Since the Fed restarted QE in March, the dollar has continued to fall. In July, the U.S. dollar index tumbled 4.4%, the largest monthly decline in the past 10 years, and fell to a new low in more than two years last week. But recently, many hedge funds have begun closing short positions in the US dollar and issued warnings about short-squeezing.

“Selling the U.S. dollar is becoming very crowded,” said Nader Naeimi, head of dynamic markets at AMP in Sydney. “Risks may emerge at any time, and the U.S. dollar has room for repositioning.”

BlueBay Asset Management, which manages more than $60 billion in assets, has already profited from its short US dollar position, and AMP Capital has reduced its long position in emerging market currencies. In addition, K2 Asset Management Ltd. (K2 Asset Management Ltd.) is also reducing its risk exposure, partly because of concerns about a sudden rebound in the dollar.

Over the past four months, the U.S. dollar has been falling against other G10 currencies, and the bet on shorting the U.S. dollar has reached a two-year high. At the end of July, leveraged funds bought large amounts of Japanese yen, and net long euros for the first time in the following two years.

The dollar’s short-term rebound risk increases

Although no hedge fund expects the dollar to return to strength, they pointed out that the risk of a short-term rebound in the dollar is increasing.

George Boubouras, head of K2 asset research, said that too much volatility may cause the dollar to rebound sharply in the short term. This can be painful, especially for emerging markets that have been hit by a strong dollar.

Another driving factor may come from the escalation of geographical tensions, which often trigger market volatility and safe-haven buying.

August often marks the beginning of seasonal capital flows, which tend to benefit the dollar. A measure of the strength of the U.S. dollar shows that in the past 10 years, the U.S. dollar tends to appreciate from August to November, with an average appreciation of 3% in the quarter before the past seven U.S. elections.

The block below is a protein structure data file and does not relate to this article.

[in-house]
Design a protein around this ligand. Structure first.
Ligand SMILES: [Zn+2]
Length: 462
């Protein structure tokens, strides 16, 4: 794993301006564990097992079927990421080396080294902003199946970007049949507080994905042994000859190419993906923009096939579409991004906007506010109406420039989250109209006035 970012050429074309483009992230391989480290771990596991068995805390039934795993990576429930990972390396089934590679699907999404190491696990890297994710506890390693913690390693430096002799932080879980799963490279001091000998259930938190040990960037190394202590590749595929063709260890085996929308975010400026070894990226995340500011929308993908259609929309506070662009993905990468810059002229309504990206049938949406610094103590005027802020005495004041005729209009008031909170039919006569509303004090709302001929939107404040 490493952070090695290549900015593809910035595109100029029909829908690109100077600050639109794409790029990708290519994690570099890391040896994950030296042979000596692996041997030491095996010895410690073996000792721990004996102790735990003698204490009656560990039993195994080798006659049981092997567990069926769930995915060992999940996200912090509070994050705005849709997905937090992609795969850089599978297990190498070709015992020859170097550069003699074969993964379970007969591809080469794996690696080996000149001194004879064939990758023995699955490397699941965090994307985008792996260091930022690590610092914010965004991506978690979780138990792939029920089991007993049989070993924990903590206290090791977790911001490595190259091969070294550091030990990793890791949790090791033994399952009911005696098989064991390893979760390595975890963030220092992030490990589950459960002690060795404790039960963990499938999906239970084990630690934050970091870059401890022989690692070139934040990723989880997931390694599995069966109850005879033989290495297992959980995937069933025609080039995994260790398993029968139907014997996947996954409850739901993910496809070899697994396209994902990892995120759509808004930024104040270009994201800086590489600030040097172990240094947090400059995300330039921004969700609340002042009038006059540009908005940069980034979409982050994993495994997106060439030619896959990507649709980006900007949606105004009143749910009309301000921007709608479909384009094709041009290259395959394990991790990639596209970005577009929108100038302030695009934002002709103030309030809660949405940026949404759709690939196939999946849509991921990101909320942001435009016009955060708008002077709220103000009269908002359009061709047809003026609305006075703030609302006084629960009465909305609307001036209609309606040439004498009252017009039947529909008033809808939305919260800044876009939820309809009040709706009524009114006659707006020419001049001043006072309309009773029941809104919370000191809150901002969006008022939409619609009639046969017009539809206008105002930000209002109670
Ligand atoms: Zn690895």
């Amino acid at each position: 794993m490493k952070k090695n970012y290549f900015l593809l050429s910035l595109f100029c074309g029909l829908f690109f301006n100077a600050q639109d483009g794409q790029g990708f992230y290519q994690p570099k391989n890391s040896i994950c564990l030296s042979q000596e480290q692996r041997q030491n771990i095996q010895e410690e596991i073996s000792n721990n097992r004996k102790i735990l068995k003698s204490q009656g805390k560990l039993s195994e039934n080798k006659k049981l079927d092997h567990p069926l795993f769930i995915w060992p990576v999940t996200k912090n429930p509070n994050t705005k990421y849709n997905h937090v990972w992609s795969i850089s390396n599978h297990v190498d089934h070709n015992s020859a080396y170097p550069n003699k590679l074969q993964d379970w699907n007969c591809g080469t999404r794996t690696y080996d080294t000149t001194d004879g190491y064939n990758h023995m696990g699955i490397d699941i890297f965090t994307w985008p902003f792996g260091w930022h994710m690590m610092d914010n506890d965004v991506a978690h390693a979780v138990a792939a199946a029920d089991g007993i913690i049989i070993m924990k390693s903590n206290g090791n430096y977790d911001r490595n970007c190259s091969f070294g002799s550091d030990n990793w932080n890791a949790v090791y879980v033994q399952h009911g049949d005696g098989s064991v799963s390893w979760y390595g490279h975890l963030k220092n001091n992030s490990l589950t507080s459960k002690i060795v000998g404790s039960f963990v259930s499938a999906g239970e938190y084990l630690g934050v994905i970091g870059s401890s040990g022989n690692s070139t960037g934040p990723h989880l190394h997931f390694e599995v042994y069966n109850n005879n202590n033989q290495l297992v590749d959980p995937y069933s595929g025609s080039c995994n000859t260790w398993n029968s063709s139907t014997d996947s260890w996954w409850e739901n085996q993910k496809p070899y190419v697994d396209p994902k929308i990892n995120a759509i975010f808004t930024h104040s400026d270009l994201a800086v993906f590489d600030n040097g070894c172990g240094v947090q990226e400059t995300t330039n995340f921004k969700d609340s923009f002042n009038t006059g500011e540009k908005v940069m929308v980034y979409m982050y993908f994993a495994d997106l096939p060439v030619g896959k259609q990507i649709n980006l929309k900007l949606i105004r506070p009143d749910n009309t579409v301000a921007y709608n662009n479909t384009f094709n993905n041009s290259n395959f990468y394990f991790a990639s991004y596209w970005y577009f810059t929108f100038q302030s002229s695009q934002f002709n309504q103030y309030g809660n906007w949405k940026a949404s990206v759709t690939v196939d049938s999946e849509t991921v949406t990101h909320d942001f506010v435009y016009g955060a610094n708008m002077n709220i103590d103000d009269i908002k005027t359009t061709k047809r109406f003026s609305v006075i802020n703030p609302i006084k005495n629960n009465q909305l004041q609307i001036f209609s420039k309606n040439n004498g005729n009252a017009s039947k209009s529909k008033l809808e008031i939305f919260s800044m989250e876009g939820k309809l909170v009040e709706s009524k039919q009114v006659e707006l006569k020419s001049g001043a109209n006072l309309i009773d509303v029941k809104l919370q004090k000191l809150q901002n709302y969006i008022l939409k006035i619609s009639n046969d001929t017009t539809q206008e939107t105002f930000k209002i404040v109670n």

BlueBay Chief Investment Officer Mark Dowding said, “After the market has achieved strong returns for several consecutive months, it is reasonable for the risk to be flat in August. We were short the U.S. dollar, but have now turned neutral after locking in profits.”

The US dollar is still bearish in the medium and long term

In the medium and long term, institutions are still biased towards the dollar. For them, any rebound in the dollar is short-lived and will also be a good opportunity to place more short bets.

Citi believes that with the passage of time, based on factors such as valuation, a huge trade deficit, and the Fed’s willingness to provide an unlimited amount of cheap dollars to the global monetary system, it is natural for the dollar to fall.

At present, the economic growth momentum in Europe is better than that in the United States. If this momentum continues, investors must prepare for the end of “American economic exceptionalism”.

David Ward, managing director of Golden Horse Fund Management Pte., is optimistic about the euro. He said, “The obvious risk lies in a sharp market correction or tail event, such as a stronger-than-expected US economic recovery. But the possibility of such a recovery in the short term seems to be getting smaller and smaller.”